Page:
PIKEVILLE, Ky. (WYMT) - The Hatfield and McCoy Healthy Feud officially kicked off on Friday with a group walk in Downtown Pikeville.
The feud is a friendly competition between West Virginia and Kentucky, asking participants to walk 100 miles in 100 days.
Organizers say the challenge is to get folks of all ages out and moving.
More than 20 students from Pikeville High School participated in the kickoff.
Kelly Scott says, "My classroom had to be two separate teams so not only is it a competition with everyone else but also within our room. They are like, Did you do this? or did you do that today?"
Participants are able to track their activity and their competition's activity online.
ORIGINAL STORY 9/13/2013
A feud has broken out in the land of the Hatfields and McCoys but this feud is all about healthy competition.
Tying together health and heritage while focusing on the grit and determination shown in the region's history through the infamous Hatfield and McCoy feud....except this is a friendly competition.
Roger Ford, Chairman of Sustainable Pike County says, "There's no winners and losers, everybody is a winner because you are getting fit, getting healthy, and in shape. Addressing some of the health issues we have here especially with diabetes and obesity."
A collaborative effort between several organizations across state lines to help the entire region. Organizations and efforts like Sustainable Pike County, Sustainable Williamson, West Virginia on the Move, Mingo County Diabetes Coalition, and the Pike County Health Department.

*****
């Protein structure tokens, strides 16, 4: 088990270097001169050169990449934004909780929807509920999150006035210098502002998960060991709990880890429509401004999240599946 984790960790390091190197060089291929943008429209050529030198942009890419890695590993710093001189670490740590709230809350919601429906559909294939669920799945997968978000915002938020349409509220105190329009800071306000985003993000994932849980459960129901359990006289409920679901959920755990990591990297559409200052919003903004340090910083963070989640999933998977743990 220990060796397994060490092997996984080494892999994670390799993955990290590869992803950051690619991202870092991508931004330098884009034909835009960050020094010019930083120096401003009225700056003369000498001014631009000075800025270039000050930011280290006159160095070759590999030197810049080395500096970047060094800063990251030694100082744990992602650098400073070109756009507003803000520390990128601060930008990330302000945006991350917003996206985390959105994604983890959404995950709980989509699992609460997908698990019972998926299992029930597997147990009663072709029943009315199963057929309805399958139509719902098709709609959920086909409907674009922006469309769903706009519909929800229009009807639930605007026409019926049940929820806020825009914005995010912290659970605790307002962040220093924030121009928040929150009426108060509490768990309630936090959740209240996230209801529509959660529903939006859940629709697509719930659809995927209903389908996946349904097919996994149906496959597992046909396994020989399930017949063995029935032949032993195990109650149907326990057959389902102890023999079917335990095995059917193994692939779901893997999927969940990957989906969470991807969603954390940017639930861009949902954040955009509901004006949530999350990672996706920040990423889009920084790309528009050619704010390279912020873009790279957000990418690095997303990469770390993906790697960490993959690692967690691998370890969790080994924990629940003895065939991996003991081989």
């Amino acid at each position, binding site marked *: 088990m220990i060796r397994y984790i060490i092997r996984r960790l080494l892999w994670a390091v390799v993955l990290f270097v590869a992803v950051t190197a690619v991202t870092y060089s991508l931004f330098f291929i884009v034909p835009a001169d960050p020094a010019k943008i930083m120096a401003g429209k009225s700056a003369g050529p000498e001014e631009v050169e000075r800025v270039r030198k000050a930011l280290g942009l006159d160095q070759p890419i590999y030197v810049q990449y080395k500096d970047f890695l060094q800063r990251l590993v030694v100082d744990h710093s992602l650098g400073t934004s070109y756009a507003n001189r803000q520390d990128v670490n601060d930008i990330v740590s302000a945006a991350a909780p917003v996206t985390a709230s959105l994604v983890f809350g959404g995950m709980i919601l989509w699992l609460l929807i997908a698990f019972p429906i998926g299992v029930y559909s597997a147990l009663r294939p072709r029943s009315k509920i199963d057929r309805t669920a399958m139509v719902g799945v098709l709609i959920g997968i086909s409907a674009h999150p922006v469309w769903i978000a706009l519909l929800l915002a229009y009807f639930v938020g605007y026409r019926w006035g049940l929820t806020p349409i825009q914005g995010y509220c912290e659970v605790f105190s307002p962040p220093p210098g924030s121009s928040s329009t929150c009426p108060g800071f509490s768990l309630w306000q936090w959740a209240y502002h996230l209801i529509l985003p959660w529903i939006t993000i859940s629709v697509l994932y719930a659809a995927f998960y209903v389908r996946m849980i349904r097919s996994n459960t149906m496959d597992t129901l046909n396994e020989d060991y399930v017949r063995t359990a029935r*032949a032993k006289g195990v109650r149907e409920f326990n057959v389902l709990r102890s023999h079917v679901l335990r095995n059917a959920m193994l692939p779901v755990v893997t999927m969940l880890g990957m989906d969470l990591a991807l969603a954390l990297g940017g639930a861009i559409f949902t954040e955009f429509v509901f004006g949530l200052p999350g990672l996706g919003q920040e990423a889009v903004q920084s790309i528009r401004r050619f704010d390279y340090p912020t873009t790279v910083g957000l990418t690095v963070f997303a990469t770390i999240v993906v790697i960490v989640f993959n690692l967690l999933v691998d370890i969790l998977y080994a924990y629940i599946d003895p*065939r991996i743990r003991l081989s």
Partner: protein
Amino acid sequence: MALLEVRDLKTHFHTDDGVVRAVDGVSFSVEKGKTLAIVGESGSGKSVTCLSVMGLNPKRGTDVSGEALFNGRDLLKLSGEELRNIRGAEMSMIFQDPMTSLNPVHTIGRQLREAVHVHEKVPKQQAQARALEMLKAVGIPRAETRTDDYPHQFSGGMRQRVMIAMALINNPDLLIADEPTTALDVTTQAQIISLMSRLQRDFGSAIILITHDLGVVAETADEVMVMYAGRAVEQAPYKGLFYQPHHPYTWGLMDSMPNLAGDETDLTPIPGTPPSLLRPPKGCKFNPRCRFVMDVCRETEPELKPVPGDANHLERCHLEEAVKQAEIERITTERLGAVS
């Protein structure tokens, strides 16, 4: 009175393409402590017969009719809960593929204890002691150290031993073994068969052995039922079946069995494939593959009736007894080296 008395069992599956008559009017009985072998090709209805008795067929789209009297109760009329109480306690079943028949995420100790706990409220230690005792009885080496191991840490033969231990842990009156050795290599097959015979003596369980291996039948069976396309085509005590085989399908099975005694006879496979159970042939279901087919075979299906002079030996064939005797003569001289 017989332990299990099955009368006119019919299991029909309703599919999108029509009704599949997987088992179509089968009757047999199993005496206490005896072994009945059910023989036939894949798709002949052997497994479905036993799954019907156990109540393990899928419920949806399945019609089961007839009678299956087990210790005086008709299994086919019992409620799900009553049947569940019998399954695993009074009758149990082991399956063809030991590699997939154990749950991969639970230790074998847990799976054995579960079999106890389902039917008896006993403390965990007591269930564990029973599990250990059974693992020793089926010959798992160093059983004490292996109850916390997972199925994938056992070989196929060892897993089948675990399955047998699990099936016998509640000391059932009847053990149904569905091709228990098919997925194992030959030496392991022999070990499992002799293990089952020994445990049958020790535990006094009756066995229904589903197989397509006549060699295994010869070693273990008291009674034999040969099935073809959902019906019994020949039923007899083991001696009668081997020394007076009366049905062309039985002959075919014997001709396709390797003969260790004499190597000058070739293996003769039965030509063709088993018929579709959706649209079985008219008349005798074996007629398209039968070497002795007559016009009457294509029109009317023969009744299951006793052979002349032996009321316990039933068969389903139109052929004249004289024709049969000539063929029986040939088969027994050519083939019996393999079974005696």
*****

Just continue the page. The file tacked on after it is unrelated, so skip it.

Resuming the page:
Williamson, W.Va. City Commissioner Eric Mathis says, "You really can't have a healthy economy unless you have healthy participants and Central Appalachia is definitely falling behind and this is a great example of both states stepping up."
The challenge is to walk a mile a day for 100 days or have 20 minutes of physical activity each day. Participants can track their activity and keep an eye on their competition's activity online.
Organizers say they hope this project promotes a healthy lifestyle while getting folks out and moving that typically do not experience any physical activity.
Which health officials say is a good step towards reducing the regions high rates of chronic illnesses like diabetes and cardiovascular disease.
Pike County Health Department's Patrece Beverly says, "One of the ways all of those things are addressed is with reducing the obesity risk factor and increasing physical activity."
Communities coming together to improve health with some friendly competition.